A picture of pronouns written on tags and pinned to a corkboard.

Pronouns are actually just another type of noun, but because they’re such an important noun type and so commonly used, they’re usually classified as a separate part of speech. A pronoun is a noun that takes the place of a noun or groups of nouns, and because pronouns are “standing in” for nouns, you have to be sure that the pronoun you choose to “stand in” agrees in number, person, and gender.

The menu on the left will take you to the different pronoun types, and there are quite a few: personal, definite, indefinite, singular, plural, possessive, relative, demonstrative, reflexive, subjective, and objective. That’s a long list, right?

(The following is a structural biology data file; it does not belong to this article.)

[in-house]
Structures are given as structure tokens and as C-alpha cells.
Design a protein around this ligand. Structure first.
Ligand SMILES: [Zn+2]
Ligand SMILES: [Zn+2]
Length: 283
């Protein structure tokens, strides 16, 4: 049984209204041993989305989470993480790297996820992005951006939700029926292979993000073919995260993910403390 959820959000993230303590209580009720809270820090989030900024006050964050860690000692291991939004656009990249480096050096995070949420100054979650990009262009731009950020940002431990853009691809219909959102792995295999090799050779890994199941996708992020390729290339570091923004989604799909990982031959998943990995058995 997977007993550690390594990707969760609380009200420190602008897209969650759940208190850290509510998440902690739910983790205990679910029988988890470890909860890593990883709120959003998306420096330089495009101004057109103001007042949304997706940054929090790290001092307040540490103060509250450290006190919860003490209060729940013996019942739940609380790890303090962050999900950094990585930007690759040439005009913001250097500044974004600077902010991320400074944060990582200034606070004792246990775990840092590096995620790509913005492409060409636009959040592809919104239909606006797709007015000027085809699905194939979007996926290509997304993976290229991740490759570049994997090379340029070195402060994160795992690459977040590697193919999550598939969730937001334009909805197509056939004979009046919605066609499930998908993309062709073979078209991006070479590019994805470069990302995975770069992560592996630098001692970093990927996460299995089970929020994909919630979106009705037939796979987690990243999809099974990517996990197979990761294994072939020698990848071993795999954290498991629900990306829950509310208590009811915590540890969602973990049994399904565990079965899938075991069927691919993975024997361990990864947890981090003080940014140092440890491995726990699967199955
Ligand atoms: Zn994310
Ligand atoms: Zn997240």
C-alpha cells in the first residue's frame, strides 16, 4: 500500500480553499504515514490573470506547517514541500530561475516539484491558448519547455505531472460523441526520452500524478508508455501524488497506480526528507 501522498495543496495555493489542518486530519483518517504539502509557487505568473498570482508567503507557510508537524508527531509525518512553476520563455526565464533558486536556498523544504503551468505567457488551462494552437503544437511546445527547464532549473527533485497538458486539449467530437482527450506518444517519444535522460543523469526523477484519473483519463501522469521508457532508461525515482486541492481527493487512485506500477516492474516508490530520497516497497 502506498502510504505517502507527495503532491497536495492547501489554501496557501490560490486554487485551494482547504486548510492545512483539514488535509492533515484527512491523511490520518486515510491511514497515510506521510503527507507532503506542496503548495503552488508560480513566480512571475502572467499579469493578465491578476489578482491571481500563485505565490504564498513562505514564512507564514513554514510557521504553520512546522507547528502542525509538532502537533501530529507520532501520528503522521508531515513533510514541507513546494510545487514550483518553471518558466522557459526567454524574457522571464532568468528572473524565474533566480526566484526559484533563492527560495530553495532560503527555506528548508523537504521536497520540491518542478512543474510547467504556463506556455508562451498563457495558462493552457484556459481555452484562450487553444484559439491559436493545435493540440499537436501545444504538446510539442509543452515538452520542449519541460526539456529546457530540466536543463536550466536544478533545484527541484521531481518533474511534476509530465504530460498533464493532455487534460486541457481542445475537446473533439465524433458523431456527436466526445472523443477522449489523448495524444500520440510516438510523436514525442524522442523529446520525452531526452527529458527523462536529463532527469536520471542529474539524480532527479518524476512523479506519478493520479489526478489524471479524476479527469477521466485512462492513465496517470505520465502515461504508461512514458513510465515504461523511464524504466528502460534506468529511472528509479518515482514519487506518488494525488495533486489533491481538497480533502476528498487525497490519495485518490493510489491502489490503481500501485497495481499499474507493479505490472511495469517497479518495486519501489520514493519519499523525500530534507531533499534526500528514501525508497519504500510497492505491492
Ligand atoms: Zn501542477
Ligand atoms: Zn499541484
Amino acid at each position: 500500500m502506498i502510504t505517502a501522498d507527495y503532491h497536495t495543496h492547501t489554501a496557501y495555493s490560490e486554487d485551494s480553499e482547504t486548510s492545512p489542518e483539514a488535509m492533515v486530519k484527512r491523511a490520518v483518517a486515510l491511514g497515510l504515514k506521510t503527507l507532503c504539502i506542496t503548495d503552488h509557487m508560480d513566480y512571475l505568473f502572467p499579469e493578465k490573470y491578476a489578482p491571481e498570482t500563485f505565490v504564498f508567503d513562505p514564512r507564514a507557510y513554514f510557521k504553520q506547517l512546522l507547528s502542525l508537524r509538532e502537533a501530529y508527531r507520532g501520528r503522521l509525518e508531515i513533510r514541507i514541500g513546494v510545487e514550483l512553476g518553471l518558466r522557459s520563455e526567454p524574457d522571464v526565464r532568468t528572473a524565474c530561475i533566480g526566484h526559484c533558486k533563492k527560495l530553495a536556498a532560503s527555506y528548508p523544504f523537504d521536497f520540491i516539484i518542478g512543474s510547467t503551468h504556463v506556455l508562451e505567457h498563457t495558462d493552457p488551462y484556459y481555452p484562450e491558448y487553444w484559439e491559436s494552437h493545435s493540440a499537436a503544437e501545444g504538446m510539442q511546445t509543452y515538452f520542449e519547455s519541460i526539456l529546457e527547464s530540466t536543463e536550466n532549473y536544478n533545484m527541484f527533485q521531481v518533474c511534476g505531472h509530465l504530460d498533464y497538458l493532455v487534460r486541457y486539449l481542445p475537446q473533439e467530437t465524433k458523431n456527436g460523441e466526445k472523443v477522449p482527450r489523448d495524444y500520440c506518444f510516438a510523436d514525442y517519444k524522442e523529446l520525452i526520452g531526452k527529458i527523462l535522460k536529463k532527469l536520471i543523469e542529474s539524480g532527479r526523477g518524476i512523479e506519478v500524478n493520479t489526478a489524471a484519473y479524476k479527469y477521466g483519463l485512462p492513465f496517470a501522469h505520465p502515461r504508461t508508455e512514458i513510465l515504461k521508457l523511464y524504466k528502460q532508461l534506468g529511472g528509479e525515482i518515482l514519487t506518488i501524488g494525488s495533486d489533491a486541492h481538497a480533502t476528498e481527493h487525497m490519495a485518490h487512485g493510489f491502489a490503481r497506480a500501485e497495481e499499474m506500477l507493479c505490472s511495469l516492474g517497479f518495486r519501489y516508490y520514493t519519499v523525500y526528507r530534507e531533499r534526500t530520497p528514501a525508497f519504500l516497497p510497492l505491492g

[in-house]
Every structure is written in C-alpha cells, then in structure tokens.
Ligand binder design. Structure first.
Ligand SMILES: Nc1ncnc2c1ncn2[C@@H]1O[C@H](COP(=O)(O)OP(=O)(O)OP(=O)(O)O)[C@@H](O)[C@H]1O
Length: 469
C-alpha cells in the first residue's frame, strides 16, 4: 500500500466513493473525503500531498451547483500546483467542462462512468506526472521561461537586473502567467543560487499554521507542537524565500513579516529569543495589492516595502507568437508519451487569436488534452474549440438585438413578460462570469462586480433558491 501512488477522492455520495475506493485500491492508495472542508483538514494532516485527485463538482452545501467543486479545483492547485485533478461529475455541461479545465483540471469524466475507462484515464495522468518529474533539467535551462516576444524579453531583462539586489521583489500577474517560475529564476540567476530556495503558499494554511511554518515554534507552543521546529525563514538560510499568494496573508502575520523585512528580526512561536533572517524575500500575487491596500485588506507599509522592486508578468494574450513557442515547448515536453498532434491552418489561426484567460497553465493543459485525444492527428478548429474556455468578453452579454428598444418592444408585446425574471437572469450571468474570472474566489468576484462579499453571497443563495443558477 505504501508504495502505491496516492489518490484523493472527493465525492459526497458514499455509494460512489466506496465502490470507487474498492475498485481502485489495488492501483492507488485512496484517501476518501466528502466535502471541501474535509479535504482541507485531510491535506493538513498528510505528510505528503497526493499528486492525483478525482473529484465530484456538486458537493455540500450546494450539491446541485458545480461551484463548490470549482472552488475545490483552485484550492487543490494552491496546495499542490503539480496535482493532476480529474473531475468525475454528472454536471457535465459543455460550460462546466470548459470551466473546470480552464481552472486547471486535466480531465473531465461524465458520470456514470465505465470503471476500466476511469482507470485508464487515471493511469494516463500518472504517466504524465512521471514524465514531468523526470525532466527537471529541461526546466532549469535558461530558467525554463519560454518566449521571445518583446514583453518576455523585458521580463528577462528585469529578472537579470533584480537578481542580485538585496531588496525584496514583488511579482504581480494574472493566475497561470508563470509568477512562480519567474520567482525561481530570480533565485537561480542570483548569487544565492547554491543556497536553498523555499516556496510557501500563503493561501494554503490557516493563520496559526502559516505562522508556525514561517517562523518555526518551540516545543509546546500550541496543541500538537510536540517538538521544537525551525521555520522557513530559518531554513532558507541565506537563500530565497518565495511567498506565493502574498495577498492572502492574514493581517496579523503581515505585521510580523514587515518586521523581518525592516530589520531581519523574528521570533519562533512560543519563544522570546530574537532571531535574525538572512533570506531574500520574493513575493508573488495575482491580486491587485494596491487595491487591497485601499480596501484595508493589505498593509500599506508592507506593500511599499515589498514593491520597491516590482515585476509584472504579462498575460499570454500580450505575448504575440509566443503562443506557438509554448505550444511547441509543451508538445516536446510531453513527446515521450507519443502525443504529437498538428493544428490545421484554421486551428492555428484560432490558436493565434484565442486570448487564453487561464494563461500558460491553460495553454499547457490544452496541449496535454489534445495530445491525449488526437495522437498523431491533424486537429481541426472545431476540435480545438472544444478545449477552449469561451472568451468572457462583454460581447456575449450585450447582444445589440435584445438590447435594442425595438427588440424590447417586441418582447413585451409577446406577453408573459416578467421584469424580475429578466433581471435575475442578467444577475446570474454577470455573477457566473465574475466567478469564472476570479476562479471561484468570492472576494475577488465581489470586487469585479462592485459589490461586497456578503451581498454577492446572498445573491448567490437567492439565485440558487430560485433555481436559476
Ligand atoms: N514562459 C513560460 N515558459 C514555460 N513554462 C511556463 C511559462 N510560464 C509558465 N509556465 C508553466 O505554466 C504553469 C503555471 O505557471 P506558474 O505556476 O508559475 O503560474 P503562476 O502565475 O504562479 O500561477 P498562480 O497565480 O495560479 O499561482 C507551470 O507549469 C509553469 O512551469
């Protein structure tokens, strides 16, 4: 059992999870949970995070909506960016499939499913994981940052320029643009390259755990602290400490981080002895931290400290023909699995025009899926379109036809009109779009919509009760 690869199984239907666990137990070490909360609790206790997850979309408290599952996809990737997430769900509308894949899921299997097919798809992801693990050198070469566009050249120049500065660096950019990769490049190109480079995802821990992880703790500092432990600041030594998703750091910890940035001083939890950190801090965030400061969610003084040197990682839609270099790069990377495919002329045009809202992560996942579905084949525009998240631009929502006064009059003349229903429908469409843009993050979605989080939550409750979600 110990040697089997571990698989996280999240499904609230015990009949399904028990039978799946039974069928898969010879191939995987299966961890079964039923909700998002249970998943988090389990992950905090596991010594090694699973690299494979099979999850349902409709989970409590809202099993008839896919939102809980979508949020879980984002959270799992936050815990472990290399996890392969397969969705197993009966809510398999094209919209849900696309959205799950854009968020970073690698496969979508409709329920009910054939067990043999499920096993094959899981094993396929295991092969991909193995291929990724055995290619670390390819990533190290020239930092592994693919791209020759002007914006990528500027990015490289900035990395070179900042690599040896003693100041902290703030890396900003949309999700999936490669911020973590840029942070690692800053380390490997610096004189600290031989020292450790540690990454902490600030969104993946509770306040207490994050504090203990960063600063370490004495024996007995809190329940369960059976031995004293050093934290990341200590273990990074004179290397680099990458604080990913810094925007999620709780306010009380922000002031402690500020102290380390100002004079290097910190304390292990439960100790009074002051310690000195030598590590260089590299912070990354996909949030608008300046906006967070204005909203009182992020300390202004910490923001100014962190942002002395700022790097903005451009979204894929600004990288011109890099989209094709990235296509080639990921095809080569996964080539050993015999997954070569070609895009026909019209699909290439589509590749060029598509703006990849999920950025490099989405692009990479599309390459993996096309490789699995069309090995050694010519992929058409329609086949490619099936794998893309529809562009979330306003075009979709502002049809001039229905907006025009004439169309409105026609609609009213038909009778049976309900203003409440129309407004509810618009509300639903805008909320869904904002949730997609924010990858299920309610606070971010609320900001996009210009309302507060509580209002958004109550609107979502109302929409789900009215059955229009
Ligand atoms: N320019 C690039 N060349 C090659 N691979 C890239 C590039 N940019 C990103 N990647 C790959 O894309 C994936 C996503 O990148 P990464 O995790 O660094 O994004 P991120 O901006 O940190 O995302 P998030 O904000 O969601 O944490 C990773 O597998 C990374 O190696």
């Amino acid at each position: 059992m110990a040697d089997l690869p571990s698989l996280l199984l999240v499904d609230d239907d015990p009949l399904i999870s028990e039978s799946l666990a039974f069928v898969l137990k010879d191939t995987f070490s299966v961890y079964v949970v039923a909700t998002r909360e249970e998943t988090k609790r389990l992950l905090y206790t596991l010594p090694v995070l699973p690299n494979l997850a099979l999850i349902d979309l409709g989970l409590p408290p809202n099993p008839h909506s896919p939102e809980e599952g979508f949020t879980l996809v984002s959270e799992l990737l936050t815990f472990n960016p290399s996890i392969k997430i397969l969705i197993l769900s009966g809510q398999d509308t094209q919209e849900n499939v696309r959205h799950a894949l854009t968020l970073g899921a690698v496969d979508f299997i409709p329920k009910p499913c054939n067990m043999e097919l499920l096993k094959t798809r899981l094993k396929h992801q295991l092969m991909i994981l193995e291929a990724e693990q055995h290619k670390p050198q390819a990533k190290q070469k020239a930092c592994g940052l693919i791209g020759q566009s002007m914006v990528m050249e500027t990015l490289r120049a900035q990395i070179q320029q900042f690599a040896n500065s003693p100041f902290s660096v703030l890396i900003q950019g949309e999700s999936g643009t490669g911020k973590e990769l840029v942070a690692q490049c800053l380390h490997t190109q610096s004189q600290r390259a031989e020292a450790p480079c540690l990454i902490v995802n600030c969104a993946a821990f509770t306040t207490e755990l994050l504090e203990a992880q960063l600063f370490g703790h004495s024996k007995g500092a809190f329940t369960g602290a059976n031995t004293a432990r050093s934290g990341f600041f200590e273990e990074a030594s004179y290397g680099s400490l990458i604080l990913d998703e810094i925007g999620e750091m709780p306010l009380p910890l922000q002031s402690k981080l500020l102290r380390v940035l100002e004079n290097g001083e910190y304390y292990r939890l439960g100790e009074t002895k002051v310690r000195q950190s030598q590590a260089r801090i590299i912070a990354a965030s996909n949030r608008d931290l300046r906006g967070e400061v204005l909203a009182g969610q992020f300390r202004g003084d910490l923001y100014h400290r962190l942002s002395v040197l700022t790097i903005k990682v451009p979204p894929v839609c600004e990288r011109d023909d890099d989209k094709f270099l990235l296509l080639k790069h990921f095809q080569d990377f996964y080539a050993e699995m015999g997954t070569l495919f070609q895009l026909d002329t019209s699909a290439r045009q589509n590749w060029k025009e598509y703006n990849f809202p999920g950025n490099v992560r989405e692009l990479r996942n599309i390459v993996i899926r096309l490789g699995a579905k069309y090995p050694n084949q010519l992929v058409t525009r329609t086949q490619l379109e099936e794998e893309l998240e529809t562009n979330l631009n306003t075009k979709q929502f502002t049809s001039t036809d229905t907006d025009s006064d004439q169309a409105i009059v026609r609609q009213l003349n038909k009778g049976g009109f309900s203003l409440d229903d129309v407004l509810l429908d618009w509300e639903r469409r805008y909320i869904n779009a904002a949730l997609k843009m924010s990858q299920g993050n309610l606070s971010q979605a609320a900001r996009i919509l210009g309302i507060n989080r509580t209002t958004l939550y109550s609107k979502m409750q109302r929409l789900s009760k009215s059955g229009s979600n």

The pronouns discussed in the following pages will probably not cause any trouble for native speakers, but you may find it interesting to realize how complicated this all is and, yet, how easily most of us can usually use pronouns without a problem. Still, issues with pronoun agreement (making the pronouns agree with the nouns they define) and pronoun reference (making sure it is clear what noun a pronoun is replacing) often appear in the writing of beginning writers. If you have ever had a pronoun issue marked on one of your essays, you are in the right place!

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